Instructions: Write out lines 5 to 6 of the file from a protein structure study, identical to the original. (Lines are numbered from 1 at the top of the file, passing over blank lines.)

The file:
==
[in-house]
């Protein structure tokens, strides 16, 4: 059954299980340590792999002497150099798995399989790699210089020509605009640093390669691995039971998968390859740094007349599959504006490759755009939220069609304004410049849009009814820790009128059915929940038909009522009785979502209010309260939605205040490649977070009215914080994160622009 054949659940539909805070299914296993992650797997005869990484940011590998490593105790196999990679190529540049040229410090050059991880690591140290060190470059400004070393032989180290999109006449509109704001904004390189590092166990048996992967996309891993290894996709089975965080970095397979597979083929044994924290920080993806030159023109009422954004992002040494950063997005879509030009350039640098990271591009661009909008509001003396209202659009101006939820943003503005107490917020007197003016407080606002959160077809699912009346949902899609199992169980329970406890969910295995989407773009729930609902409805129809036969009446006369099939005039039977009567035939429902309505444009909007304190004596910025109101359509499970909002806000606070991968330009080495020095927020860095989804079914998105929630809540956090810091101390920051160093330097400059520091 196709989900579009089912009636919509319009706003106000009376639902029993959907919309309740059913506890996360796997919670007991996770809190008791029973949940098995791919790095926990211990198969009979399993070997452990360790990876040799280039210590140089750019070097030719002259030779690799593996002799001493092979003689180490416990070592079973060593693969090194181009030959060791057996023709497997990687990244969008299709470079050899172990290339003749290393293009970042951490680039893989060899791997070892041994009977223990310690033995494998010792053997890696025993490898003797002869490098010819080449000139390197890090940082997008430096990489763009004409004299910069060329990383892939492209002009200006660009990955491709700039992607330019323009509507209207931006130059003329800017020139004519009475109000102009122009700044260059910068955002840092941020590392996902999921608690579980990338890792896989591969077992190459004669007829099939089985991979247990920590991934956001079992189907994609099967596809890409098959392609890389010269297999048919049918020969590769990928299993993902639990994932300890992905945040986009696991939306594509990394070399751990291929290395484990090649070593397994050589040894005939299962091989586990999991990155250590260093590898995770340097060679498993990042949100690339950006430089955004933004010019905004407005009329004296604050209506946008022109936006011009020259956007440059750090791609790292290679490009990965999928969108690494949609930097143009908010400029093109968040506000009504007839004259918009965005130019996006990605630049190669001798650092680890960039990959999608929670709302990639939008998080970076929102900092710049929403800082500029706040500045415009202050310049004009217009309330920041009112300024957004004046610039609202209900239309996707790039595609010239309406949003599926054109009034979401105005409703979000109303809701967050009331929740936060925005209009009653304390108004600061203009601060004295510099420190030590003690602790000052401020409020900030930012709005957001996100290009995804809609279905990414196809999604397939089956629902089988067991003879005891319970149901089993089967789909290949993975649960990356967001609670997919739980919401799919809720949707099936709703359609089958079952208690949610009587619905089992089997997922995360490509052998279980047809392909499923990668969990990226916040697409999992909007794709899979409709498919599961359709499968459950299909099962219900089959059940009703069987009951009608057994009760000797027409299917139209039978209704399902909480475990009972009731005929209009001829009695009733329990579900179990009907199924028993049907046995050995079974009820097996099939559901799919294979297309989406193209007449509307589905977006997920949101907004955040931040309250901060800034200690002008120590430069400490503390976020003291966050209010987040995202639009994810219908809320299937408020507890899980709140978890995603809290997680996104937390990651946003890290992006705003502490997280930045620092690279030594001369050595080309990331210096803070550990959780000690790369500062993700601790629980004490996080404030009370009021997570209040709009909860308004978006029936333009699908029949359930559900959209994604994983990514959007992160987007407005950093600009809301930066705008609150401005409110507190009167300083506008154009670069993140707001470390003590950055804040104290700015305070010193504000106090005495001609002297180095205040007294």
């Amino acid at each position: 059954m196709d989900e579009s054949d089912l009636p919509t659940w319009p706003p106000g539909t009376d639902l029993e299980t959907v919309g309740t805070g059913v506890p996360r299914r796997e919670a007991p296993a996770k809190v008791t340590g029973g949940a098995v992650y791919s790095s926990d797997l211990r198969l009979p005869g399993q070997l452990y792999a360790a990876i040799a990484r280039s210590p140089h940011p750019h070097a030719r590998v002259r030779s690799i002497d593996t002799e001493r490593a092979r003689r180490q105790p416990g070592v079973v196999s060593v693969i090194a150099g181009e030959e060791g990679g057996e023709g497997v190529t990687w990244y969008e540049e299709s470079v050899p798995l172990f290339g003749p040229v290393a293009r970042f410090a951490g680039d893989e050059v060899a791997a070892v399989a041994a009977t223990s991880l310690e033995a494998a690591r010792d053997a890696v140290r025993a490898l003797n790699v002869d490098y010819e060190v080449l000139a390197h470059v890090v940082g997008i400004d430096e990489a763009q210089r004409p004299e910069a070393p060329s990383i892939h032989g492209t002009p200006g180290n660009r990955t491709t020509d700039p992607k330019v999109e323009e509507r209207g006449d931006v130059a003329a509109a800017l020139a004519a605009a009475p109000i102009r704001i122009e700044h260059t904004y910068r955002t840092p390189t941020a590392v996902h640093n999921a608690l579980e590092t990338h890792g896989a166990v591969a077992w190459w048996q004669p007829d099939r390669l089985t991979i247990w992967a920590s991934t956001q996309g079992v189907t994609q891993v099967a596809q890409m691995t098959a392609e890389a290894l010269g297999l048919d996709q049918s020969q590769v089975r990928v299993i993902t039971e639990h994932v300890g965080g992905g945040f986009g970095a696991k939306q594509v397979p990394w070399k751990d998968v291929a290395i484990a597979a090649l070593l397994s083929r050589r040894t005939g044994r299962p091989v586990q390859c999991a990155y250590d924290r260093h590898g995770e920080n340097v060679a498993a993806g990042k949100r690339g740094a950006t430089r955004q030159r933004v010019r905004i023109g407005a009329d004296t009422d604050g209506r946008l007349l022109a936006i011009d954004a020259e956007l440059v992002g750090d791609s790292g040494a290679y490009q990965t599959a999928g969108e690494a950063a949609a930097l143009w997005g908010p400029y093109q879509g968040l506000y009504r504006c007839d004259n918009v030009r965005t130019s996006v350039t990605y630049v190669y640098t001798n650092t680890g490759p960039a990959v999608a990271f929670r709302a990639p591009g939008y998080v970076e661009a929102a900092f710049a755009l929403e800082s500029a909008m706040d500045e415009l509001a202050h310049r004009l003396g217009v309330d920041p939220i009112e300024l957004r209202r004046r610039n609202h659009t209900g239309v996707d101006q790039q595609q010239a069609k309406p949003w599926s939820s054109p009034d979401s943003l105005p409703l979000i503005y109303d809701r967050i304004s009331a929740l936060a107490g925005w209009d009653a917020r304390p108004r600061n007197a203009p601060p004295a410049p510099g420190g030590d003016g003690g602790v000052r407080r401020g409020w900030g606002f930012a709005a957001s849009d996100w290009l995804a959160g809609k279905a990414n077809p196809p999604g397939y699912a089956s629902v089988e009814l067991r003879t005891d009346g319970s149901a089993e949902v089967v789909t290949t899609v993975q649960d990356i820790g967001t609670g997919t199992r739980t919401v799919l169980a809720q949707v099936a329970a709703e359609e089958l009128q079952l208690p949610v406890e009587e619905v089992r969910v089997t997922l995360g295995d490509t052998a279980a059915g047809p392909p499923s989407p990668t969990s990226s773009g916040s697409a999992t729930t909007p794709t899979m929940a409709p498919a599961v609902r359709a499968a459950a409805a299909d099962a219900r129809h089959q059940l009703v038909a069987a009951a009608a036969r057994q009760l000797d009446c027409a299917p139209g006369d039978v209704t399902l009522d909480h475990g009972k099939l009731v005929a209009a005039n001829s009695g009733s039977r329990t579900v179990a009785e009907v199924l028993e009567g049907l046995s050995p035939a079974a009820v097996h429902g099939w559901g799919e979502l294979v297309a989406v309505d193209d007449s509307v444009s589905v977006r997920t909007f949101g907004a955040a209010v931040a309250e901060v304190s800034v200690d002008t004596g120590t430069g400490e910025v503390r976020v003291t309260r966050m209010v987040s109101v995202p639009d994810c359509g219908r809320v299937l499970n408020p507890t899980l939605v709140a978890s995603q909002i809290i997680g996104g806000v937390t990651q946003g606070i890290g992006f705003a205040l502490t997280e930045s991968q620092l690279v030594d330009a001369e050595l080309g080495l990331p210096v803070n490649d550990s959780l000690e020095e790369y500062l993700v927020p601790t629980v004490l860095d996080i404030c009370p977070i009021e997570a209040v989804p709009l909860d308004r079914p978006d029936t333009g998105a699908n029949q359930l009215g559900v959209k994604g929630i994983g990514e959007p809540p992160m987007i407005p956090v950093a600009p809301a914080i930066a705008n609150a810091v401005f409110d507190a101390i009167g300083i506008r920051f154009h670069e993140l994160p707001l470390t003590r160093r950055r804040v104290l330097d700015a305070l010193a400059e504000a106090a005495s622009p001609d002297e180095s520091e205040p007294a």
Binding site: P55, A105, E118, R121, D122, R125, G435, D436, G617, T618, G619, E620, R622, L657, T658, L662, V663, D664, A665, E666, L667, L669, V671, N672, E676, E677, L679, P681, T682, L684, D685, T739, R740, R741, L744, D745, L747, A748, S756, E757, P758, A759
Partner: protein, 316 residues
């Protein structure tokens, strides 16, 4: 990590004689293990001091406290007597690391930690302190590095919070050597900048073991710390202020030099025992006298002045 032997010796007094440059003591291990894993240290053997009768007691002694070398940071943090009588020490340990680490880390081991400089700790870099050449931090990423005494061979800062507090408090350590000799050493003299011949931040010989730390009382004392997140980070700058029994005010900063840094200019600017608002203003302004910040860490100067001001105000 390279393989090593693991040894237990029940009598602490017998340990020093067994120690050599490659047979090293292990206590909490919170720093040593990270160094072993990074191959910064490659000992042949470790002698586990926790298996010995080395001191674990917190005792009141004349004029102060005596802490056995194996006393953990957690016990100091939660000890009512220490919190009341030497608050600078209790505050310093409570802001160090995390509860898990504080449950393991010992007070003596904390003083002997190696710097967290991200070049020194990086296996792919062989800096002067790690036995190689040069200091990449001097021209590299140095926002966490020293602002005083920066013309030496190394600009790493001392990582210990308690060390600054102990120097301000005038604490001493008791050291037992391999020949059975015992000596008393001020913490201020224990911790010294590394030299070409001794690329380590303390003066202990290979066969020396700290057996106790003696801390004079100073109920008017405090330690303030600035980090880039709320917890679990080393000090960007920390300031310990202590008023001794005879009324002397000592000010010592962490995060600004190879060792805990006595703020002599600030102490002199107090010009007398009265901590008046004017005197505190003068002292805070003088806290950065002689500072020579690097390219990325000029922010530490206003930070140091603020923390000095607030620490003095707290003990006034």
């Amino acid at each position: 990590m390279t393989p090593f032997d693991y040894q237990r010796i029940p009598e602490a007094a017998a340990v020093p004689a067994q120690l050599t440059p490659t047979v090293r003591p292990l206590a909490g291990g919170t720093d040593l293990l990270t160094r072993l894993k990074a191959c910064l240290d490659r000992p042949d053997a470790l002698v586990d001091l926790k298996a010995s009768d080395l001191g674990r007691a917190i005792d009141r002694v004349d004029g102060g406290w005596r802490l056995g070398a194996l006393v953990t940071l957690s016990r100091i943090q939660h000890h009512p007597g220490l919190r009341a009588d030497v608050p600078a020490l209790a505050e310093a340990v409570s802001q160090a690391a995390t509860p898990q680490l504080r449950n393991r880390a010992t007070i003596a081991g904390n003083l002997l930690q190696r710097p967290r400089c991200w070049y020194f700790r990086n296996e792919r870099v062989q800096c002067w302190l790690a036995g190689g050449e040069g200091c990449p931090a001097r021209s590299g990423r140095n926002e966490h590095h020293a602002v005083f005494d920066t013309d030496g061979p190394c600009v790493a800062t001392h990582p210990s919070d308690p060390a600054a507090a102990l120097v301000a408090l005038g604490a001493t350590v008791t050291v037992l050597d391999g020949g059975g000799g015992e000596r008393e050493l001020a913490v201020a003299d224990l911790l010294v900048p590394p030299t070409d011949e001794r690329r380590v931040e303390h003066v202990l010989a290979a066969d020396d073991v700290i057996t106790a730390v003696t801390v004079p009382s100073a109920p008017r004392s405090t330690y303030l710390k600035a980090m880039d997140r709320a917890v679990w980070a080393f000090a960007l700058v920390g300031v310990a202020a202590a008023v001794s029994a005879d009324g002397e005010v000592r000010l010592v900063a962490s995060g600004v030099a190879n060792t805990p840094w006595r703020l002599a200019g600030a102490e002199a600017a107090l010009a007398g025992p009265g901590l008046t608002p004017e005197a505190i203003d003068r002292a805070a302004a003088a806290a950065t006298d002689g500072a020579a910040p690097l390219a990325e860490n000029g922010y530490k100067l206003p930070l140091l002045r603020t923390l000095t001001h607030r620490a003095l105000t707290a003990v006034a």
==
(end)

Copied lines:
Partner: protein, 316 residues
């Protein structure tokens, strides 16, 4: 990590004689293990001091406290007597690391930690302190590095919070050597900048073991710390202020030099025992006298002045 032997010796007094440059003591291990894993240290053997009768007691002694070398940071943090009588020490340990680490880390081991400089700790870099050449931090990423005494061979800062507090408090350590000799050493003299011949931040010989730390009382004392997140980070700058029994005010900063840094200019600017608002203003302004910040860490100067001001105000 390279393989090593693991040894237990029940009598602490017998340990020093067994120690050599490659047979090293292990206590909490919170720093040593990270160094072993990074191959910064490659000992042949470790002698586990926790298996010995080395001191674990917190005792009141004349004029102060005596802490056995194996006393953990957690016990100091939660000890009512220490919190009341030497608050600078209790505050310093409570802001160090995390509860898990504080449950393991010992007070003596904390003083002997190696710097967290991200070049020194990086296996792919062989800096002067790690036995190689040069200091990449001097021209590299140095926002966490020293602002005083920066013309030496190394600009790493001392990582210990308690060390600054102990120097301000005038604490001493008791050291037992391999020949059975015992000596008393001020913490201020224990911790010294590394030299070409001794690329380590303390003066202990290979066969020396700290057996106790003696801390004079100073109920008017405090330690303030600035980090880039709320917890679990080393000090960007920390300031310990202590008023001794005879009324002397000592000010010592962490995060600004190879060792805990006595703020002599600030102490002199107090010009007398009265901590008046004017005197505190003068002292805070003088806290950065002689500072020579690097390219990325000029922010530490206003930070140091603020923390000095607030620490003095707290003990006034």